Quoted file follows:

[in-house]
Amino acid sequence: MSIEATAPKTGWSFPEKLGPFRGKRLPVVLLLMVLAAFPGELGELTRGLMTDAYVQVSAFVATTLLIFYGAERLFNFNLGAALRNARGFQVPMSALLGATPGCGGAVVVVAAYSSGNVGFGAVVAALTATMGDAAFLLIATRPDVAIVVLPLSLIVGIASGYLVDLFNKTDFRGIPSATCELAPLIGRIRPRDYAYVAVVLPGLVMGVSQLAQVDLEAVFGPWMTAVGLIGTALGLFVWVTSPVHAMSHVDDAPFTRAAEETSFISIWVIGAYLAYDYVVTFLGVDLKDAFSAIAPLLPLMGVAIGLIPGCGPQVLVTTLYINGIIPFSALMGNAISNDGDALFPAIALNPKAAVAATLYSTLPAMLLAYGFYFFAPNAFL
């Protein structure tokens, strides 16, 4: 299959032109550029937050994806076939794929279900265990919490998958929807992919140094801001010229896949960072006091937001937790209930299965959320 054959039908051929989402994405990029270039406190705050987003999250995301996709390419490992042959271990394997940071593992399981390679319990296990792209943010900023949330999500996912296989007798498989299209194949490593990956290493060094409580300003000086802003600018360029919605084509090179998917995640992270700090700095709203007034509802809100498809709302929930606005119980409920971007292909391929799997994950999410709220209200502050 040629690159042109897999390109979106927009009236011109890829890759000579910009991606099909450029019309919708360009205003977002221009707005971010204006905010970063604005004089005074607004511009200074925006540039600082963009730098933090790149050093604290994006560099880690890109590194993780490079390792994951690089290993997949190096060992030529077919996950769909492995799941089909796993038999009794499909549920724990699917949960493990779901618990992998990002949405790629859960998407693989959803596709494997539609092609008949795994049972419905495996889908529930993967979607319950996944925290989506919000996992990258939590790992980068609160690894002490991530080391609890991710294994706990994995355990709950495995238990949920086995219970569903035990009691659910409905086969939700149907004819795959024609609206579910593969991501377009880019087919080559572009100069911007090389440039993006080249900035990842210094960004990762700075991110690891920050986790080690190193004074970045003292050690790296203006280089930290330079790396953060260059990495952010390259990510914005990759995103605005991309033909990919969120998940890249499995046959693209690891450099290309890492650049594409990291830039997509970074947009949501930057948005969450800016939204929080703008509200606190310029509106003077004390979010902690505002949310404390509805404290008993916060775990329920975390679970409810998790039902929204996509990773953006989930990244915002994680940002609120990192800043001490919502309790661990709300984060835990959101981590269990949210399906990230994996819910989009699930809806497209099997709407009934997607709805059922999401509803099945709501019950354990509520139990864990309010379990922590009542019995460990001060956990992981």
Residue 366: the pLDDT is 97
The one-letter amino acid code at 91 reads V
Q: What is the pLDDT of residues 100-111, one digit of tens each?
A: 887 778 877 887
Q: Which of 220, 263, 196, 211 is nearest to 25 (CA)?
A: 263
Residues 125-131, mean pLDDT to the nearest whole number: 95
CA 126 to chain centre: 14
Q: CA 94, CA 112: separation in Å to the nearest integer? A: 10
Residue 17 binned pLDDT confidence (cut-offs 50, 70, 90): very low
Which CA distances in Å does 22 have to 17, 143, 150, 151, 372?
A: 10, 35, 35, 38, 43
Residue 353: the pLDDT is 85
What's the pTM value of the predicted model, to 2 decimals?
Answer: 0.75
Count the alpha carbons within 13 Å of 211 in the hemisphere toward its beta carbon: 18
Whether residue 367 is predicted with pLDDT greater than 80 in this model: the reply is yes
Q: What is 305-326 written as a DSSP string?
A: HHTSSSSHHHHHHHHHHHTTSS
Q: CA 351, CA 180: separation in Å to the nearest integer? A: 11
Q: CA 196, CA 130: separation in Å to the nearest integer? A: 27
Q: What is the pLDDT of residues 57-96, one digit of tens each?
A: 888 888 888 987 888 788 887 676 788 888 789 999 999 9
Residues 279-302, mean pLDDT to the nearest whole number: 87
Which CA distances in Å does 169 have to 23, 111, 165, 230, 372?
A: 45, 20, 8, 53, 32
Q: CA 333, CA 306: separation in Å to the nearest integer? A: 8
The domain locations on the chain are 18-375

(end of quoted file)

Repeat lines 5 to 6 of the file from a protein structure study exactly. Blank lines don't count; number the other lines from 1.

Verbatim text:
The one-letter amino acid code at 91 reads V
Q: What is the pLDDT of residues 100-111, one digit of tens each?